Web Standards

Last Edited – January 20, 2010 by Randall Crock
Filed under: Graphic Design, Personal, Technology

Putting together a web site can be quite challenging, especially when you are trying to make everything work in as many browsers as you can think of. People are constantly complaining about Internet Explorer not supporting Cascading Style Sheets (CSS) properly, and I can’t understand why Microsoft doesn’t just develop the standards-based browser they keep claiming they have. Now, I used to be a real die-hard IE person; I loved the way bookmarks were handled, I didn’t really use any extensions, and I had no problems developing since I just ignored CSS and a lot of the other W3C standards in use now.

So long as you only use the simple style elements and keep everything in tables, IE is easy to work with, and renders everything the same way. As soon as you try to float things, or want to dynamically change the background of a cell, it starts doing weird things, and the really odd thing is that it does different things every time, and does different things on different computers. The biggest problem is getting IE to repeat the problem enough to fix it.

I did all the development for my site in Google Chrome, which I have moved to since it is is more stable than when it was first released, and everything just works perfectly with it. I didn’t even think about how Firefox or IE would handle it until the end, and as usual, IE had some problems rendering the tabs. Interestingly, Firefox also had some problems with the tabs, but a couple fixes in my CSS and it worked beautifully. IE however, was not as pleasant and I ended up having to make a unique stylesheet for it, which was made possible by Microsoft who added a neat feature called Dynamic Comments, where you can do some checking in comments and change the HTML depending on what conditions you set.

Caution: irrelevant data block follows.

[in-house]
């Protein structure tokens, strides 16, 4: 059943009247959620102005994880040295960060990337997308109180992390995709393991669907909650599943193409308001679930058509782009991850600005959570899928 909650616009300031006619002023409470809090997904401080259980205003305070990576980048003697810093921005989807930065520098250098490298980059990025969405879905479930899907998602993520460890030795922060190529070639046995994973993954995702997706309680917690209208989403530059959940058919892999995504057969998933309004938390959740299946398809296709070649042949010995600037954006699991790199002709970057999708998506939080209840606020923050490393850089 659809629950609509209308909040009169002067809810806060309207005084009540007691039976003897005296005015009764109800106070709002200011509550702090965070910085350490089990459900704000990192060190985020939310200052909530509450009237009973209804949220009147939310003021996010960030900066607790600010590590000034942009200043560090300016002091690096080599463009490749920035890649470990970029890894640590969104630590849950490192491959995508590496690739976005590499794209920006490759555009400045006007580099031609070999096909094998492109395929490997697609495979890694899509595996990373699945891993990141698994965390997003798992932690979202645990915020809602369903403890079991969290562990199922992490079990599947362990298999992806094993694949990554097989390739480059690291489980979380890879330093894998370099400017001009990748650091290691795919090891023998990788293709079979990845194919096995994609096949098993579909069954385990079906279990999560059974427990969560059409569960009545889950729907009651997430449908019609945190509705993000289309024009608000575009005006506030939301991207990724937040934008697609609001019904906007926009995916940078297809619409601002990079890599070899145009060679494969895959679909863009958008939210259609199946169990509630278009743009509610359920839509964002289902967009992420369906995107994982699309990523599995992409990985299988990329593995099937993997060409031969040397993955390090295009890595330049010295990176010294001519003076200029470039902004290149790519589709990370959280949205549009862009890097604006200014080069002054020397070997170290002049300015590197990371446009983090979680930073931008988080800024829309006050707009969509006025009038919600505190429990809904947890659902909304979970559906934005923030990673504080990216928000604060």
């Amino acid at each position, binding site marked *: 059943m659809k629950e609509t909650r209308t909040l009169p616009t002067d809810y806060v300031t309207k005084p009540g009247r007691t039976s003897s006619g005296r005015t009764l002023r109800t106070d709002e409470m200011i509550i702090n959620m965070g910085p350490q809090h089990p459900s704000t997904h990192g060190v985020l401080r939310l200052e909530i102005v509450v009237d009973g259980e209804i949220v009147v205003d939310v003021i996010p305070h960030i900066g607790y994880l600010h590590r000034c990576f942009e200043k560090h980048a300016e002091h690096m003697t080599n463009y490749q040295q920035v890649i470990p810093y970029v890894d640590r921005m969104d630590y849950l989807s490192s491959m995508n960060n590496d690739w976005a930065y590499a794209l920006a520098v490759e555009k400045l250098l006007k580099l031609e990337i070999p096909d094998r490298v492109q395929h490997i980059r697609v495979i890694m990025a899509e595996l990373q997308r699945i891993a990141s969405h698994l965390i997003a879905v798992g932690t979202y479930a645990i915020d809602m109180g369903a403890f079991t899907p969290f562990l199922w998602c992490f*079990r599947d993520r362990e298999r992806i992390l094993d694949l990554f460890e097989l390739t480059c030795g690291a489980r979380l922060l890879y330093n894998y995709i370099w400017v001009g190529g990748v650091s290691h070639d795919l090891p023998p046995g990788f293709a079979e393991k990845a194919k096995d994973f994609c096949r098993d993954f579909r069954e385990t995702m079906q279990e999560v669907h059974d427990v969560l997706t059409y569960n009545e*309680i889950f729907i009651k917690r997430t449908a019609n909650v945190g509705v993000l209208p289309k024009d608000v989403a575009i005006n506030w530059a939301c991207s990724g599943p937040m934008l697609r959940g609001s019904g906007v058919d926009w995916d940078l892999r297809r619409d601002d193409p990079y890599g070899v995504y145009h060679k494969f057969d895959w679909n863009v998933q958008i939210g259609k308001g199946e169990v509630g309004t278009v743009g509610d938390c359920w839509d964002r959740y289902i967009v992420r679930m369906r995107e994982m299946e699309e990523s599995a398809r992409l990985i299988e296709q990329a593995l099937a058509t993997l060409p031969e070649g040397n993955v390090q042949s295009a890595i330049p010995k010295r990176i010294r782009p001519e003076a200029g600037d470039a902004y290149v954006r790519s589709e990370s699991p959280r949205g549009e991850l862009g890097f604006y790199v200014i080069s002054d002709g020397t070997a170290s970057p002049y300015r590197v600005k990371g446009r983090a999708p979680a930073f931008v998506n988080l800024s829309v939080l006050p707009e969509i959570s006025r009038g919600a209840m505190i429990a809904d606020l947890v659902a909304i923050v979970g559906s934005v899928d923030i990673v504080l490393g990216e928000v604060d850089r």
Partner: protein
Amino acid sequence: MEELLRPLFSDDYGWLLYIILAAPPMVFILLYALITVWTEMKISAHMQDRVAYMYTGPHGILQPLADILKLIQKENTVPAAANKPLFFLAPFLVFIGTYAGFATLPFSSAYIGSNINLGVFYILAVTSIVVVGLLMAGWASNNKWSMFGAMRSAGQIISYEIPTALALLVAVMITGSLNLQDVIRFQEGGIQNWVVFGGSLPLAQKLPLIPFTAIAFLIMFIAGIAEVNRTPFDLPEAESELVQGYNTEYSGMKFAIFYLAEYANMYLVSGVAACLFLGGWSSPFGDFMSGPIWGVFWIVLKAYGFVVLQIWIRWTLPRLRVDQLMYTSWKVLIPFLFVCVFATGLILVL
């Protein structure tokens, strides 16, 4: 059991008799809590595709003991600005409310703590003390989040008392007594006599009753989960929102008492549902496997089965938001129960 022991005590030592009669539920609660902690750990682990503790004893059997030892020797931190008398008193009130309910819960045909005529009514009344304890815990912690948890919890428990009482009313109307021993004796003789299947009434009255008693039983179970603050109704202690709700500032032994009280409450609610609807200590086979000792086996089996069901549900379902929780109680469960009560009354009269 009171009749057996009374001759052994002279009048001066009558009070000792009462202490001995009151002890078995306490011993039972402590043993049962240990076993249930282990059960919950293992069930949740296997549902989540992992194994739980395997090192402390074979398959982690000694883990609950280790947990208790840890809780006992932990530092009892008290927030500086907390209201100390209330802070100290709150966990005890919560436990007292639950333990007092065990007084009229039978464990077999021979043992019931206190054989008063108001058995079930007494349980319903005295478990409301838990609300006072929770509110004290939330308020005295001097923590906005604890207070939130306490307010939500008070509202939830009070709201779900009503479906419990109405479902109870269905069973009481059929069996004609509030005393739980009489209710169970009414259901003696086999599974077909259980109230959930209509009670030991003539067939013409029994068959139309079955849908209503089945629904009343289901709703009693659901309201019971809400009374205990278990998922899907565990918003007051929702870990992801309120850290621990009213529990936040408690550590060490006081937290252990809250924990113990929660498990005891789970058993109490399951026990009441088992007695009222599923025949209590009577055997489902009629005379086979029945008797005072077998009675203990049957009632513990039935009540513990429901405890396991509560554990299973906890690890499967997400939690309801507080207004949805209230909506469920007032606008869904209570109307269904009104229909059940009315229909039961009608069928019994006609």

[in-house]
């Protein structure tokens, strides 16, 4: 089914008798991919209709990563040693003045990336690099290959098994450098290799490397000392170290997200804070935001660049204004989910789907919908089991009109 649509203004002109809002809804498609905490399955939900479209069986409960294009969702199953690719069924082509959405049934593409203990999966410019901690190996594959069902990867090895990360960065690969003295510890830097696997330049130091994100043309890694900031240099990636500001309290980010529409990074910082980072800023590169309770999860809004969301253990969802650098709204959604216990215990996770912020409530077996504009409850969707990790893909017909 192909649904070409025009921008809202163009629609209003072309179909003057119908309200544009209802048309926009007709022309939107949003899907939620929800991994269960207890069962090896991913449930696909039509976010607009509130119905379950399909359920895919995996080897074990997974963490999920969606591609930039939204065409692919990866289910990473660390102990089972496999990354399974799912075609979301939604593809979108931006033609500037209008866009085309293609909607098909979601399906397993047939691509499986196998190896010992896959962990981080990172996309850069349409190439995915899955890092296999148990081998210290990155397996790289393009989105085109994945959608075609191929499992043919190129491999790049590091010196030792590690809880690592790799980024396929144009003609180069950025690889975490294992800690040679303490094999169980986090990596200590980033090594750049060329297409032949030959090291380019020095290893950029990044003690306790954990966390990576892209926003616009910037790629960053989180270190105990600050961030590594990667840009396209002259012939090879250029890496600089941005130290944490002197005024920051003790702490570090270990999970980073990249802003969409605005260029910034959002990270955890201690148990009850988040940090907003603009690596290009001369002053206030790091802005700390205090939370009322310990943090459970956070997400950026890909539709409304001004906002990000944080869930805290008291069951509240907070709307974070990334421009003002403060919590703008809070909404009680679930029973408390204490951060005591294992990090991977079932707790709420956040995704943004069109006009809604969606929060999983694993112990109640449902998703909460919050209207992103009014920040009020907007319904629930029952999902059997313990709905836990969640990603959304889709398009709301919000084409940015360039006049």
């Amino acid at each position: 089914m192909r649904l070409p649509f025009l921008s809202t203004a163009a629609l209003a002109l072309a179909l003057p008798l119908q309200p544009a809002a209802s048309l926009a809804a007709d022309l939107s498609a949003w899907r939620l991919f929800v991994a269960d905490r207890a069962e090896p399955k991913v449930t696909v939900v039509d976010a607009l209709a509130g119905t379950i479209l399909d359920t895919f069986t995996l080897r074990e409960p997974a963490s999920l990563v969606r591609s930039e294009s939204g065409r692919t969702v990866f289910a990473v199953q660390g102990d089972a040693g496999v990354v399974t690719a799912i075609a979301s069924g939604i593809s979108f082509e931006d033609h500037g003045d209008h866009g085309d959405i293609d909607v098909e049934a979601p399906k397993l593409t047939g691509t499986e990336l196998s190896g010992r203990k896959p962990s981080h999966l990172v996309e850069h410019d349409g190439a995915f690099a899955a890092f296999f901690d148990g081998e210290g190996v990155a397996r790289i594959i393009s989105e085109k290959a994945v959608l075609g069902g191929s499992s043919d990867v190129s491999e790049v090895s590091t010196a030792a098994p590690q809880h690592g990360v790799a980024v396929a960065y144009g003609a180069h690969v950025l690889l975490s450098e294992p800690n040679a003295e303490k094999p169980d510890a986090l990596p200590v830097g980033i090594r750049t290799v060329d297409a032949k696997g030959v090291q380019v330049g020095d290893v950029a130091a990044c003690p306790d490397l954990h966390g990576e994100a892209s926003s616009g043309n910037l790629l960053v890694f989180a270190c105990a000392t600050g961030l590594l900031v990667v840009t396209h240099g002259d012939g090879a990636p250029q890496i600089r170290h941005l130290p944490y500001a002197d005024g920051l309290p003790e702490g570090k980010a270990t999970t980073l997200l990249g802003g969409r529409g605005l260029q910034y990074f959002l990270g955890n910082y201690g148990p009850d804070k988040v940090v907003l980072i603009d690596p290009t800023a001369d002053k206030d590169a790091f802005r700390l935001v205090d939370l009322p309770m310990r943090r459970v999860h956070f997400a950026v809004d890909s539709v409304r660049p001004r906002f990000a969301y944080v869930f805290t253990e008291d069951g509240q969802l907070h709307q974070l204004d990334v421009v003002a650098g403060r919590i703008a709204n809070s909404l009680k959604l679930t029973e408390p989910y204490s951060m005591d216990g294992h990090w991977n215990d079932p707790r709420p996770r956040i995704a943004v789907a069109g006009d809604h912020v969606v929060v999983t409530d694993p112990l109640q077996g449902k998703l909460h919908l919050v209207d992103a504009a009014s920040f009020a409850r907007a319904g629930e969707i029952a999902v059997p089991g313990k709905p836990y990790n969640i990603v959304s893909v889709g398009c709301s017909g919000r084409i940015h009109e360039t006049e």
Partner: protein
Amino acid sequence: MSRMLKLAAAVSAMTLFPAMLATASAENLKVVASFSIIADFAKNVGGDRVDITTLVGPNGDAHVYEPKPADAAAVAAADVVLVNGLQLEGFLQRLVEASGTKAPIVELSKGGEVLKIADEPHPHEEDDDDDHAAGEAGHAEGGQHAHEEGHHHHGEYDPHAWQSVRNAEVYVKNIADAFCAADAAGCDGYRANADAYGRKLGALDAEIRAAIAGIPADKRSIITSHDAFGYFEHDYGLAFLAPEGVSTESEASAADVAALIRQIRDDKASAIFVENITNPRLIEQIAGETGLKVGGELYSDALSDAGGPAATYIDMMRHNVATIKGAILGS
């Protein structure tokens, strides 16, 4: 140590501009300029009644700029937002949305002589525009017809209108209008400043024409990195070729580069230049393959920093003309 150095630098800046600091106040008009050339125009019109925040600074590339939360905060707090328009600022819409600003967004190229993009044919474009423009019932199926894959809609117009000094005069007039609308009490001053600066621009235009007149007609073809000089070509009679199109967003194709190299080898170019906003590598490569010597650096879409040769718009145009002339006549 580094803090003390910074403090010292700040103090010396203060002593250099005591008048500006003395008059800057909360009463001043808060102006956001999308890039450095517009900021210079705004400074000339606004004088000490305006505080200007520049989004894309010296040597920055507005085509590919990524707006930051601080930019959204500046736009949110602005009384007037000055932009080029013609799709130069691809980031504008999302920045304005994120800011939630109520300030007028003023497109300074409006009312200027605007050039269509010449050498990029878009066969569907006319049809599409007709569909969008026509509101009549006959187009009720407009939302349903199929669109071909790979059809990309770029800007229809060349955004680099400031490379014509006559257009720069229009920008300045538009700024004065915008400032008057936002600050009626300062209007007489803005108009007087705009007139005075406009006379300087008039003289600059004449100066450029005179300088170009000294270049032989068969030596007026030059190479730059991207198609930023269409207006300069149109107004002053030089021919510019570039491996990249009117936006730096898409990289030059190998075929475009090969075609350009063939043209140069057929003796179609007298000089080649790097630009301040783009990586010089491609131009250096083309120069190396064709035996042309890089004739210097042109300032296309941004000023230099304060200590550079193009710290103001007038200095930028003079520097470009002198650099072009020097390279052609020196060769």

To summarize my rant better, Microsoft needs to get on the ball with the W3C standards, and move farther toward passing the Acid3 test. Even Firefox doesn’t get 100 percent, but IE9 (which is still in beta) is still only running in the low 30 percent range. For claiming to be a “standards based browser” IE is way behind the times as far as standards go. Is there a valid reason, or does holding 70% of the market share mean they can just sit back and let other people do more work to make their websites work with everyone?

Getting a little off topic, but in the same vein, I don’t understand why the EU is requiring Microsoft to stop packaging IE with copies of Windows sold in Europe, but not requiring Apple to stop selling Mac OS without Safari. Their basic argument is that Microsoft doesn’t give you to option of using another browser from the beginning, but to be honest, why should they? It’s called good business practice. It isn’t like you can’t get to Mozilla.org and download Firefox and start using that. If the EU is telling Microsoft that they cannot package their products, they should be doing the same to everyone else to make the playing field more fair.

Anyway, I just like ranting about this stuff, though it may have no impact whatsoever on anything.

Acid3 Test – The newest test for W3C compliance in browsers.
W3C on Wikipedia – The organization responsible for web standards

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